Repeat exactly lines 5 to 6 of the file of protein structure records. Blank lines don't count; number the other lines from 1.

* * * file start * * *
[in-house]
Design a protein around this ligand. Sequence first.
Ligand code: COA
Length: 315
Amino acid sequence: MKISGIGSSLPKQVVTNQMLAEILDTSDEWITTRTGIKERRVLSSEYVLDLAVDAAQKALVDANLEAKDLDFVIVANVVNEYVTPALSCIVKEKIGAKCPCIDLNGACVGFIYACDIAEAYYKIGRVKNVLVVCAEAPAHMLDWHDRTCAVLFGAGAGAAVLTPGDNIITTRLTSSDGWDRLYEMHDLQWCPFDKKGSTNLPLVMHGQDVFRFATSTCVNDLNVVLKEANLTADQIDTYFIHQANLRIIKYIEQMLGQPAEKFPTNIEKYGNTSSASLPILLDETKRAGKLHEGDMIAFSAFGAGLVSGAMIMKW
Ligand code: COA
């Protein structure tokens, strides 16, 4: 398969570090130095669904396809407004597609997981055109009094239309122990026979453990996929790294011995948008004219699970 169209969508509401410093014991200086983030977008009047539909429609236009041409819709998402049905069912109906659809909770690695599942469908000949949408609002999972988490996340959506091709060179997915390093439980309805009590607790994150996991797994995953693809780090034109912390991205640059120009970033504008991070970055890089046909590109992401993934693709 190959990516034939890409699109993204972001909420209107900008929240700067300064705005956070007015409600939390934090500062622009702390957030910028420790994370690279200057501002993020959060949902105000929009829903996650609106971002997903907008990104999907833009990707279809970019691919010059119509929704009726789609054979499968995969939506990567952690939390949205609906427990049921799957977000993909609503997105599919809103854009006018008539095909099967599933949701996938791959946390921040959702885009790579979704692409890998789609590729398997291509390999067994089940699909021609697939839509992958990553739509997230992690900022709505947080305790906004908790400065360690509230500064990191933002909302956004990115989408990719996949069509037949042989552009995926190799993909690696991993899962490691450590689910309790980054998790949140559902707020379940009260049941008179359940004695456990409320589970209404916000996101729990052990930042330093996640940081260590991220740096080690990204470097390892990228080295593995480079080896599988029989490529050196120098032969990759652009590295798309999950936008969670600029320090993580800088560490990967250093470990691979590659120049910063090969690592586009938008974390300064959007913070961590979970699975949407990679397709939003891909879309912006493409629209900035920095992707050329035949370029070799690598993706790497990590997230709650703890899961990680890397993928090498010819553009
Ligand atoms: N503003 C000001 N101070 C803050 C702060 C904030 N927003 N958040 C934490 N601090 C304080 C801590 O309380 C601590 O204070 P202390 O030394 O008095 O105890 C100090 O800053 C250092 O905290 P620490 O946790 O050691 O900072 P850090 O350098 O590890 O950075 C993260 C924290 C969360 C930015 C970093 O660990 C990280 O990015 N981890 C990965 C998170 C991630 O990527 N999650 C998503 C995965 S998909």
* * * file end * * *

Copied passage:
Amino acid sequence: MKISGIGSSLPKQVVTNQMLAEILDTSDEWITTRTGIKERRVLSSEYVLDLAVDAAQKALVDANLEAKDLDFVIVANVVNEYVTPALSCIVKEKIGAKCPCIDLNGACVGFIYACDIAEAYYKIGRVKNVLVVCAEAPAHMLDWHDRTCAVLFGAGAGAAVLTPGDNIITTRLTSSDGWDRLYEMHDLQWCPFDKKGSTNLPLVMHGQDVFRFATSTCVNDLNVVLKEANLTADQIDTYFIHQANLRIIKYIEQMLGQPAEKFPTNIEKYGNTSSASLPILLDETKRAGKLHEGDMIAFSAFGAGLVSGAMIMKW
Ligand code: COA